Airport Boosts Security After Gun Arrests

In this photo provided by the Puerto Rico police show seized weapons, Tuesday, March 6, 2007, in Puerto Rico. AP/Puerto Rico police

Orlando International Airport will begin screening all employees who enter secure areas after baggage handlers were accused of smuggling guns aboard a commercial airliner last week.

The change follows lengthy meetings involving airport officials, the Transportation Security Administration and U.S. Rep. Corrine Brown.

"This is the No. 1 tourist destination in the world," Brown told the Orlando Sentinel for a story Tuesday. "I want full confidence in the system."

TSA officials on Tuesday were also expected to announce a "security surge" at Orlando and three other Florida international airports.

More than 160 security officers, aviation inspectors, federal air marshals and others were to be dispatched to Orlando, Tampa, Miami and Fort Lauderdale. A fifth airport, the Luis Munoz Marin International Airport in San Juan, Puerto Rico, was also included in the safety plan.

TSA officials said it was a first step, but aviation security analyst Charles Slepian tells CBS News chief investigative correspondent Armen Keteyian "it's barely a Band-Aid on a bigger problem."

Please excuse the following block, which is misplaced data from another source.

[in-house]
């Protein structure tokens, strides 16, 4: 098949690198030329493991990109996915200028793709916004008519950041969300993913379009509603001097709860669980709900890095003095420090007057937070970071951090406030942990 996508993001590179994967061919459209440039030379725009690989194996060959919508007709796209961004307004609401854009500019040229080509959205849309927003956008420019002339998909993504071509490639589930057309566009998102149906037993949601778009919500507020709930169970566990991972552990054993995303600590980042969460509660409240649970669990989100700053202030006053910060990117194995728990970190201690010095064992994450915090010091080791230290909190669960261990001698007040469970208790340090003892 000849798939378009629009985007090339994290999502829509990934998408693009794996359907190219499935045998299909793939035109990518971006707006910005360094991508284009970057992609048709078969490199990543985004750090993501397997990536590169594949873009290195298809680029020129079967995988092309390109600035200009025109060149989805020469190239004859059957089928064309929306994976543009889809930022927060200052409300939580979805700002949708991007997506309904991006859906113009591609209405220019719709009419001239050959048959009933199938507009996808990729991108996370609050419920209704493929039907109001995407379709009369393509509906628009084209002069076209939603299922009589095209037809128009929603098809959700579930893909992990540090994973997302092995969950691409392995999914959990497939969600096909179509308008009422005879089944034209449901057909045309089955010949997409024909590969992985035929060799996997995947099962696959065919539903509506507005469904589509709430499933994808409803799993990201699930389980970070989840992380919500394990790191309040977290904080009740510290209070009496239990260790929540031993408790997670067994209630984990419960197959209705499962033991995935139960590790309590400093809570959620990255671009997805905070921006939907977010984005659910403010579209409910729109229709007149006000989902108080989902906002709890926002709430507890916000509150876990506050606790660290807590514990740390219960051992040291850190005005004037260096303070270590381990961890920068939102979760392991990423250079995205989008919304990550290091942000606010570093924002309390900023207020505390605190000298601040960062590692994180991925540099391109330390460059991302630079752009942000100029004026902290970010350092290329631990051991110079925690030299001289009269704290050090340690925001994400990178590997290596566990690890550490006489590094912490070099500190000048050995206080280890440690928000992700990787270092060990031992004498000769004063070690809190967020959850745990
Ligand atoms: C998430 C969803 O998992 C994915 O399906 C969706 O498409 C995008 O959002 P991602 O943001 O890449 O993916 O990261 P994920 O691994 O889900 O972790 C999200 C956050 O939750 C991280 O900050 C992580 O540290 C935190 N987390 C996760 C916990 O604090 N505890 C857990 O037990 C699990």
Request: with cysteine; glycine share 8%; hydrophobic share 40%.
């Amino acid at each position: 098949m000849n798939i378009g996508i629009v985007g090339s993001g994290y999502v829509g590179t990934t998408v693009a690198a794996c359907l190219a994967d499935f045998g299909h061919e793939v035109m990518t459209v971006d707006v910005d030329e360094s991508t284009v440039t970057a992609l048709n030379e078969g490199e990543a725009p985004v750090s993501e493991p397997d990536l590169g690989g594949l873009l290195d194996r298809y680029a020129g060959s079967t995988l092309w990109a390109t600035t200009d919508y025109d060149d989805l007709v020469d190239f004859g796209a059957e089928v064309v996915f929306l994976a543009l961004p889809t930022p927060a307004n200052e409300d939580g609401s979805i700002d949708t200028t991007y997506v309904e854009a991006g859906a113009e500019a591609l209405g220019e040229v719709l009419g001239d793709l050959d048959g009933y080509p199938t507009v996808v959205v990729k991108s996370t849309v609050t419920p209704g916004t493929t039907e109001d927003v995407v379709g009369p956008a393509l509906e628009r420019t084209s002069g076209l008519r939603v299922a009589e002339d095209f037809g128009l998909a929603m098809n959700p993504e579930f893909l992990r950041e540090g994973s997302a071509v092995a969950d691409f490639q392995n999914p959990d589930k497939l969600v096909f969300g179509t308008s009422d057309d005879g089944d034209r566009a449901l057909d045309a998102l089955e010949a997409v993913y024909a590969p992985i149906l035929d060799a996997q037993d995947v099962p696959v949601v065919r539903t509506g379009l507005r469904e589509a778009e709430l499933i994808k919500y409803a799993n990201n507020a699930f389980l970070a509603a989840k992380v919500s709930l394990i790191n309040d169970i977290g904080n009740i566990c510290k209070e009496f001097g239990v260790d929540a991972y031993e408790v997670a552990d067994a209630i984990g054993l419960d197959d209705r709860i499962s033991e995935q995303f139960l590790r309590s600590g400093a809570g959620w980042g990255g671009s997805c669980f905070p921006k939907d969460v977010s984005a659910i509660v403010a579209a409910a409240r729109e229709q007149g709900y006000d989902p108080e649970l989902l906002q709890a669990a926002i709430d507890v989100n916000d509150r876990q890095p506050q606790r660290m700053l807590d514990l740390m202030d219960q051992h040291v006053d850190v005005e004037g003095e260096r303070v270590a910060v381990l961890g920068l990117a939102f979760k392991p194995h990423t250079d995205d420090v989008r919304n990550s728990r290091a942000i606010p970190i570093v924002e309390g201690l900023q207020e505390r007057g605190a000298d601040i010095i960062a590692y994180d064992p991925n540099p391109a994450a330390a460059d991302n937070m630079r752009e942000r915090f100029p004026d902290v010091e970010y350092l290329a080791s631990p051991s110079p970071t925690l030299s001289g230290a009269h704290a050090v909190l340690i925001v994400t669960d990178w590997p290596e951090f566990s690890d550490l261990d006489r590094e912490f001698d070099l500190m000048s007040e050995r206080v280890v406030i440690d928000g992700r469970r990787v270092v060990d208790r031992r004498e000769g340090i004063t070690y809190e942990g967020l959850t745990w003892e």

"When we highlight the fact that you can smuggle guns, we're also saying you can smuggle bombs, you can smuggle chemical weapons. If we don't search people in the backs of airports, we are totally exposed," Slepian tells CBS News.

The agency was criticized last week after law enforcement officials made four arrests in connection with a drug-smuggling ring that bypassed Orlando airport security to send guns and drugs to Puerto Rico.

Back in January, with hidden cameras, CBS News revealed a gaping hole in airport security, how unlike passengers, pilots and flight attendants, some 700,000 airport workers with ID badges are allowed to completely bypass airport screening areas at virtually all our nation's 452 commercial airlines.

Airline pilots tell CBS News they are not looking for a magic bullet, but they are looking to close this loophole and Florida's new regulations make it in one pilot's words, "a little less likely" someone will slip through.


  • Joel Roberts

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